Just a couple months ago I realized that robots are not capable of visual perception. An article I read exposes that watching is a very complex process that needs a lot of intelligence. Understanding a simple chair requires knowing it is the same thing when viewed from different positions. To do this it is not only necessary to have mental images of most chair's angles but an abstraction of the object, which means giving it a name, putting it into a category (furniture, objects for rest by sitting, etc.) Abstraction and defining categories require other skills not directly related to vision: language abilities such as syntax, semantics, words creation, and perhaps even assigning emotional attributes to things (e.g., fire hurts, electricity is dangerous and the like.) And these are not the only problems. Things are not static, they evolve and are part of a three-dimensional world. A glass falls and breaks; this is a process that needs understanding and a corrective action should be taken. People approach, move away or disappear behind a door. A robot will need to know people are its reason to exist, which poses an ethical challenge. Will they be self-aware or have some kind of soul with all this brainpower? For now robots are blind machines, with very restricted autonomy; it seems making them see the world, will not be an easy task.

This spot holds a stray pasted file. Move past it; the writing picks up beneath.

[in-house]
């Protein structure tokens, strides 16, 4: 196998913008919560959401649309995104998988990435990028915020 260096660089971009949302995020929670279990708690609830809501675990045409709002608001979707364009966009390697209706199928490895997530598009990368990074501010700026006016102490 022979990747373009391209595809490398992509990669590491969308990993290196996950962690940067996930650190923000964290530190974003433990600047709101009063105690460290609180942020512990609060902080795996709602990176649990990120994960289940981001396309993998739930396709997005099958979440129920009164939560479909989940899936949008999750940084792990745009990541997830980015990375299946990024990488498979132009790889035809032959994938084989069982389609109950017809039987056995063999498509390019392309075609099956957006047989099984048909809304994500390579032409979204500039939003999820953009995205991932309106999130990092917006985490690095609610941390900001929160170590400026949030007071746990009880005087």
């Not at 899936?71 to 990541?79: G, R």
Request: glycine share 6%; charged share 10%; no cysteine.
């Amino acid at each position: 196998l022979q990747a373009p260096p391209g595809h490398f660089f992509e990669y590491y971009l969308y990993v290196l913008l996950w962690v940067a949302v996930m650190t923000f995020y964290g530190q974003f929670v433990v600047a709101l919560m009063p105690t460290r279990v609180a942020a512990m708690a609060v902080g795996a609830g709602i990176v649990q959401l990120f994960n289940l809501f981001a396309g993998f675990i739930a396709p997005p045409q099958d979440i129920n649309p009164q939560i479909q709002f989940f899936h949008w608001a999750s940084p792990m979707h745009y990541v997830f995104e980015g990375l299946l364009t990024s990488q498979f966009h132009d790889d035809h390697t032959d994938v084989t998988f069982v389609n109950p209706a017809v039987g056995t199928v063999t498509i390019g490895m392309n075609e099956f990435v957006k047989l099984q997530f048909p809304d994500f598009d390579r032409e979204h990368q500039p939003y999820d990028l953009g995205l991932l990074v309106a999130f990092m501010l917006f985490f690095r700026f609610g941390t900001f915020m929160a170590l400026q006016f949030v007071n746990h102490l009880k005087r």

1 comentario:

  1. Although this is new to you, Asimov's "I, Robot" (1950) is a collection of stories not about the merit of "laws of robotics" but of their failures. Like intelligence or pornography, we may know it when we see it, but it's extremely difficult to pin down.

    Dan Dennett is perhaps the foremost philosophers of cognition and here is a relevant selection from his opus https://www.google.com/url?sa=t&rct=j&q=&esrc=s&source=web&cd=1&ved=0CDAQFjAA&url=https%3A%2F%2Fmoodle.hampshire.edu%2Fmod%2Fresource%2Fview.php%3Fid%3D44452&ei=vF3ZUbCFA6Gg0AHT2ICgBw&usg=AFQjCNHaPLeZkatw4Ng3HEA03Vbs-CFL_Q&sig2=Gb0Pam-H2VHuejl1wwm7oA&bvm=bv.48705608,d.dmQ